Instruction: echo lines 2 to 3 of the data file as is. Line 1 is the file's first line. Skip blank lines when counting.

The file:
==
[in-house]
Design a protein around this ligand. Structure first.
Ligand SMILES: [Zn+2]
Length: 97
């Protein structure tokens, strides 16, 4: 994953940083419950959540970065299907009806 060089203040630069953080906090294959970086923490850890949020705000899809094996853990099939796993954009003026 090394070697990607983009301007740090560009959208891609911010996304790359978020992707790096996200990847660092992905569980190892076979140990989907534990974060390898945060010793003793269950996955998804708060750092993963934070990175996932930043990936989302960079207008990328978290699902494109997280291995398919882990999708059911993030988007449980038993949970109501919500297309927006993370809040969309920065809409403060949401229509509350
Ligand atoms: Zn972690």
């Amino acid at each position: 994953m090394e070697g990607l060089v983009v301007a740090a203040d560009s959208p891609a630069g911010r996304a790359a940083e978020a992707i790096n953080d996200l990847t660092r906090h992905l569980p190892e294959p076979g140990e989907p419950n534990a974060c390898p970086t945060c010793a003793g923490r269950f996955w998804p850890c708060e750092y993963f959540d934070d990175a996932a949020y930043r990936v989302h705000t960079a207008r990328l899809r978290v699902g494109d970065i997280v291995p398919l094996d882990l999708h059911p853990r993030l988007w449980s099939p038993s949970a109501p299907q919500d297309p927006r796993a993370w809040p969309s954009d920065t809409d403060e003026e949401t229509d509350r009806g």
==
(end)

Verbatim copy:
Design a protein around this ligand. Structure first.
Ligand SMILES: [Zn+2]